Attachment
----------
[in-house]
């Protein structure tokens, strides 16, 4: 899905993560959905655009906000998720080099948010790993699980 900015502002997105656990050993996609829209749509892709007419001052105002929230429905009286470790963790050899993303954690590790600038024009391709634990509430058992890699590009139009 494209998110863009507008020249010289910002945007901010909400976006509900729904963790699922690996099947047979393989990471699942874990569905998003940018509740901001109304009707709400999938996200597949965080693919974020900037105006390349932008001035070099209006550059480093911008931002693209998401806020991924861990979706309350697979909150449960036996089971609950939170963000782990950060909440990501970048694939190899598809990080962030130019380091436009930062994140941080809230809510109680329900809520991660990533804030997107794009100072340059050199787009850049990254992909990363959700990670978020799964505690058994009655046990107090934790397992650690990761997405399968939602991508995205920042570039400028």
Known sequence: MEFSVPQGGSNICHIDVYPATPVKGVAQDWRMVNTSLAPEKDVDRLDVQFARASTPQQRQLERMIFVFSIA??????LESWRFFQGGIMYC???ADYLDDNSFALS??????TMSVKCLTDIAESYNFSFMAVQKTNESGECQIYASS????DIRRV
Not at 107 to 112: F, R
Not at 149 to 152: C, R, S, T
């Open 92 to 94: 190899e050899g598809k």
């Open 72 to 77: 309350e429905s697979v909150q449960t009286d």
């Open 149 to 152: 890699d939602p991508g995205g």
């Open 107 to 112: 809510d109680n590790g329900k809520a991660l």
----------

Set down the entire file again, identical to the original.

[in-house]
């Protein structure tokens, strides 16, 4: 899905993560959905655009906000998720080099948010790993699980 900015502002997105656990050993996609829209749509892709007419001052105002929230429905009286470790963790050899993303954690590790600038024009391709634990509430058992890699590009139009 494209998110863009507008020249010289910002945007901010909400976006509900729904963790699922690996099947047979393989990471699942874990569905998003940018509740901001109304009707709400999938996200597949965080693919974020900037105006390349932008001035070099209006550059480093911008931002693209998401806020991924861990979706309350697979909150449960036996089971609950939170963000782990950060909440990501970048694939190899598809990080962030130019380091436009930062994140941080809230809510109680329900809520991660990533804030997107794009100072340059050199787009850049990254992909990363959700990670978020799964505690058994009655046990107090934790397992650690990761997405399968939602991508995205920042570039400028």
Known sequence: MEFSVPQGGSNICHIDVYPATPVKGVAQDWRMVNTSLAPEKDVDRLDVQFARASTPQQRQLERMIFVFSIA??????LESWRFFQGGIMYC???ADYLDDNSFALS??????TMSVKCLTDIAESYNFSFMAVQKTNESGECQIYASS????DIRRV
Not at 107 to 112: F, R
Not at 149 to 152: C, R, S, T
């Open 92 to 94: 190899e050899g598809k």
């Open 72 to 77: 309350e429905s697979v909150q449960t009286d």
């Open 149 to 152: 890699d939602p991508g995205g």
């Open 107 to 112: 809510d109680n590790g329900k809520a991660l």